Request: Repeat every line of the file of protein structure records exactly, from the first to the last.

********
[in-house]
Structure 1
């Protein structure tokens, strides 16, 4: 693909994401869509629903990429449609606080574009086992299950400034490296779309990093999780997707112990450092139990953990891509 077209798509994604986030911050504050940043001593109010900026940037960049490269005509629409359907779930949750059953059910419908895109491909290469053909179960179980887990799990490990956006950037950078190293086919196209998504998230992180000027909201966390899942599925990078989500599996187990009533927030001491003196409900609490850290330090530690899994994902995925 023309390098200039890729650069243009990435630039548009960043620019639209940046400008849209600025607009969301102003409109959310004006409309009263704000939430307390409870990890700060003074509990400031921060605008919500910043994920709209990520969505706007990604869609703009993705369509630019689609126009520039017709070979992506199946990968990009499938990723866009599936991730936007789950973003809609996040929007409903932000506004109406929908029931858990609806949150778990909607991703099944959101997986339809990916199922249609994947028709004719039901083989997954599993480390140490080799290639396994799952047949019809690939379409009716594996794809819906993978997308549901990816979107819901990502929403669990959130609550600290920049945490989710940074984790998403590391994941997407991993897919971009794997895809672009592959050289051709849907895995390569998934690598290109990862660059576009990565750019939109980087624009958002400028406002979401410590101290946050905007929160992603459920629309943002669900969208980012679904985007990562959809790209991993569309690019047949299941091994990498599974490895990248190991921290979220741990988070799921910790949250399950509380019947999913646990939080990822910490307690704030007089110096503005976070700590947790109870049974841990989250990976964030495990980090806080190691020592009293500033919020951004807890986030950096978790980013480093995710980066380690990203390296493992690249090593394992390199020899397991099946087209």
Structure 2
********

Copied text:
[in-house]
Structure 1
């Protein structure tokens, strides 16, 4: 693909994401869509629903990429449609606080574009086992299950400034490296779309990093999780997707112990450092139990953990891509 077209798509994604986030911050504050940043001593109010900026940037960049490269005509629409359907779930949750059953059910419908895109491909290469053909179960179980887990799990490990956006950037950078190293086919196209998504998230992180000027909201966390899942599925990078989500599996187990009533927030001491003196409900609490850290330090530690899994994902995925 023309390098200039890729650069243009990435630039548009960043620019639209940046400008849209600025607009969301102003409109959310004006409309009263704000939430307390409870990890700060003074509990400031921060605008919500910043994920709209990520969505706007990604869609703009993705369509630019689609126009520039017709070979992506199946990968990009499938990723866009599936991730936007789950973003809609996040929007409903932000506004109406929908029931858990609806949150778990909607991703099944959101997986339809990916199922249609994947028709004719039901083989997954599993480390140490080799290639396994799952047949019809690939379409009716594996794809819906993978997308549901990816979107819901990502929403669990959130609550600290920049945490989710940074984790998403590391994941997407991993897919971009794997895809672009592959050289051709849907895995390569998934690598290109990862660059576009990565750019939109980087624009958002400028406002979401410590101290946050905007929160992603459920629309943002669900969208980012679904985007990562959809790209991993569309690019047949299941091994990498599974490895990248190991921290979220741990988070799921910790949250399950509380019947999913646990939080990822910490307690704030007089110096503005976070700590947790109870049974841990989250990976964030495990980090806080190691020592009293500033919020951004807890986030950096978790980013480093995710980066380690990203390296493992690249090593394992390199020899397991099946087209």
Structure 2